Season’s Greetings

December 7, 2019

Linocut (A/P) Russian church in Strathcona, Vancouver. J.M. Nicol

Original print (1/1) Available at Dundarave Print Workshop $10 SOLD

At the Wilderness Edge – book review

November 24, 2019

By Janet Nicol

In the Winter 2019 issue of BC History I review J.I. Little’s book, “At the Wilderness Edge: The Rise of the Anti-Development Movement on Canada’s West Coast.”

Little examines five environmental protests in the province’s post war years, proving small groups of committed people can make big changes. His findings challenge assumptions about the people behind the activism and provide blueprints for future actions.

Behind the Magic

November 19, 2019

by Janet Nicol

Working conditions have created a powder keg inside dozens of Vancouver’s animation studios.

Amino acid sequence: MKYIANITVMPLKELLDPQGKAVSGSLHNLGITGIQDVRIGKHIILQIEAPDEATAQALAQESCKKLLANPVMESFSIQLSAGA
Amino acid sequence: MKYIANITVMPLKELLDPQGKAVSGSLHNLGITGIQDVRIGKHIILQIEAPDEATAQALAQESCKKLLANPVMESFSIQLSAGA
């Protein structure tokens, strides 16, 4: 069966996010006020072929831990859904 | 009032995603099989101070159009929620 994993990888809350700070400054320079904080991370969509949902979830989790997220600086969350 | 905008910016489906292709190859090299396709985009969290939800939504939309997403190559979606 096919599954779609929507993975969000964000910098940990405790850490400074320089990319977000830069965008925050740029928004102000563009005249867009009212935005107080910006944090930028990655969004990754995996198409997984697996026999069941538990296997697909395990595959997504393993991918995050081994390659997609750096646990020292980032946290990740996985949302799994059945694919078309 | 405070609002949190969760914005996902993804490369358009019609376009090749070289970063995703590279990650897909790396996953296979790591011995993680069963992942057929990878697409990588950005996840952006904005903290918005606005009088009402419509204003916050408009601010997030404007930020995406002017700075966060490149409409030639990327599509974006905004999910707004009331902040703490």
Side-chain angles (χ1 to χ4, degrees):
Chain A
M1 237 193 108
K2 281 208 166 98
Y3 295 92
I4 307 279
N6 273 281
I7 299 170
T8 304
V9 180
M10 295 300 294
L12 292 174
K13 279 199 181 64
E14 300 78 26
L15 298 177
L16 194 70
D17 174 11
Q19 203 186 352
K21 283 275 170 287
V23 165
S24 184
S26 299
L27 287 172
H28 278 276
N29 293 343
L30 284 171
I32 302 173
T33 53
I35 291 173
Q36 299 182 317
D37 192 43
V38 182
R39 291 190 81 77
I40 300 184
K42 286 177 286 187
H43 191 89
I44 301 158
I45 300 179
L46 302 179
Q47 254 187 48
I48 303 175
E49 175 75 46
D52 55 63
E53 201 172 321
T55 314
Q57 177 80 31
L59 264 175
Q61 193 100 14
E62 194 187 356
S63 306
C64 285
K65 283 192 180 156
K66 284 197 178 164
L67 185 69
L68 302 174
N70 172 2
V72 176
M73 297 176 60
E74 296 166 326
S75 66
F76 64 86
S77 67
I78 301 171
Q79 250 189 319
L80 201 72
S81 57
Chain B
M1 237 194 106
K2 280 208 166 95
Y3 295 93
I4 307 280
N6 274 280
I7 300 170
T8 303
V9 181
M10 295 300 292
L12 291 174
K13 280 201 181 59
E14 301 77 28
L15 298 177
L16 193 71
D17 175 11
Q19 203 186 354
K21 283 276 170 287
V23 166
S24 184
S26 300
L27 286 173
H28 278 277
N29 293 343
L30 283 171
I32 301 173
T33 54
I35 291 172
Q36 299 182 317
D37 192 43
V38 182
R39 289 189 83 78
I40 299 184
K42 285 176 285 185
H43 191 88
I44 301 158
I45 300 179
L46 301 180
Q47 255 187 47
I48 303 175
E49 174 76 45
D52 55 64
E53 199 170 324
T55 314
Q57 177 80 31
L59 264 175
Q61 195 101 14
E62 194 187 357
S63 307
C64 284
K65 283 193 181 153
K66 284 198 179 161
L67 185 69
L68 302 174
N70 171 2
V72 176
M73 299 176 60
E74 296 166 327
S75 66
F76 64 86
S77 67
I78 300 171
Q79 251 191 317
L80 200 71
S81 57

In this cover story for Our Times magazine, I interview artists employed on contracts in Vancouver and Toronto animation studios, as well as the organizers working toward building a union as a means to better their conditions.

The full article is available in the Fall 2019 issue of Our Times magazine, available this month at Chapters/Indigo and some independent book stores as well as on-line subscription.  The article is also posted on line at the “Our Times” magazine website.

‘Girl Strikers’ and the 1918 Vancouver Laundries Dispute

November 19, 2019

by Janet Mary Nicol

Abstract